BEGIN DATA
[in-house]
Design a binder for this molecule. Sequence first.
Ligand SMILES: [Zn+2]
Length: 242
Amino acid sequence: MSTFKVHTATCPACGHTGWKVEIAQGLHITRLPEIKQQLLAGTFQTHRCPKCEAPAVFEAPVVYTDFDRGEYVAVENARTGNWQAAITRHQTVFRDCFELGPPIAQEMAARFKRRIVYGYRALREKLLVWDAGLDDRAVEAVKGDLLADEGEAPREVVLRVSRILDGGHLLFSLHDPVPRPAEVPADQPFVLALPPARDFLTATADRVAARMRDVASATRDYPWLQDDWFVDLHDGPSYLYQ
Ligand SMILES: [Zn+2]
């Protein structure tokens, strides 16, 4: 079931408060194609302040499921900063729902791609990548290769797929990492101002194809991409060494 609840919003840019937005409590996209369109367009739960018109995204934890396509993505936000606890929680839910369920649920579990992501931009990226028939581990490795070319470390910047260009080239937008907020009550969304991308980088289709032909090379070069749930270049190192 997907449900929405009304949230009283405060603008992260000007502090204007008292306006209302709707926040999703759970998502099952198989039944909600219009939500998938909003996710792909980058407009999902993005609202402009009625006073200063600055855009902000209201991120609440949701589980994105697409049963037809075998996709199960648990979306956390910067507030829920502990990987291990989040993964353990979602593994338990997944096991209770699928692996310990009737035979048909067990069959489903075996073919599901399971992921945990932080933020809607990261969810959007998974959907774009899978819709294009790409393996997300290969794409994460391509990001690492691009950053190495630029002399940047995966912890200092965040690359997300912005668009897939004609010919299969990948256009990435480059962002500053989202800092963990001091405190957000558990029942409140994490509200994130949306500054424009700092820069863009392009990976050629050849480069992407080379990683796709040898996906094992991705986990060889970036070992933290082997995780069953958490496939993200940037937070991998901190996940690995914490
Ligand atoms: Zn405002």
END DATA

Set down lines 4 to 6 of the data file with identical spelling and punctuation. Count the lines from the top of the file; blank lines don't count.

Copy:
Length: 242
Amino acid sequence: MSTFKVHTATCPACGHTGWKVEIAQGLHITRLPEIKQQLLAGTFQTHRCPKCEAPAVFEAPVVYTDFDRGEYVAVENARTGNWQAAITRHQTVFRDCFELGPPIAQEMAARFKRRIVYGYRALREKLLVWDAGLDDRAVEAVKGDLLADEGEAPREVVLRVSRILDGGHLLFSLHDPVPRPAEVPADQPFVLALPPARDFLTATADRVAARMRDVASATRDYPWLQDDWFVDLHDGPSYLYQ
Ligand SMILES: [Zn+2]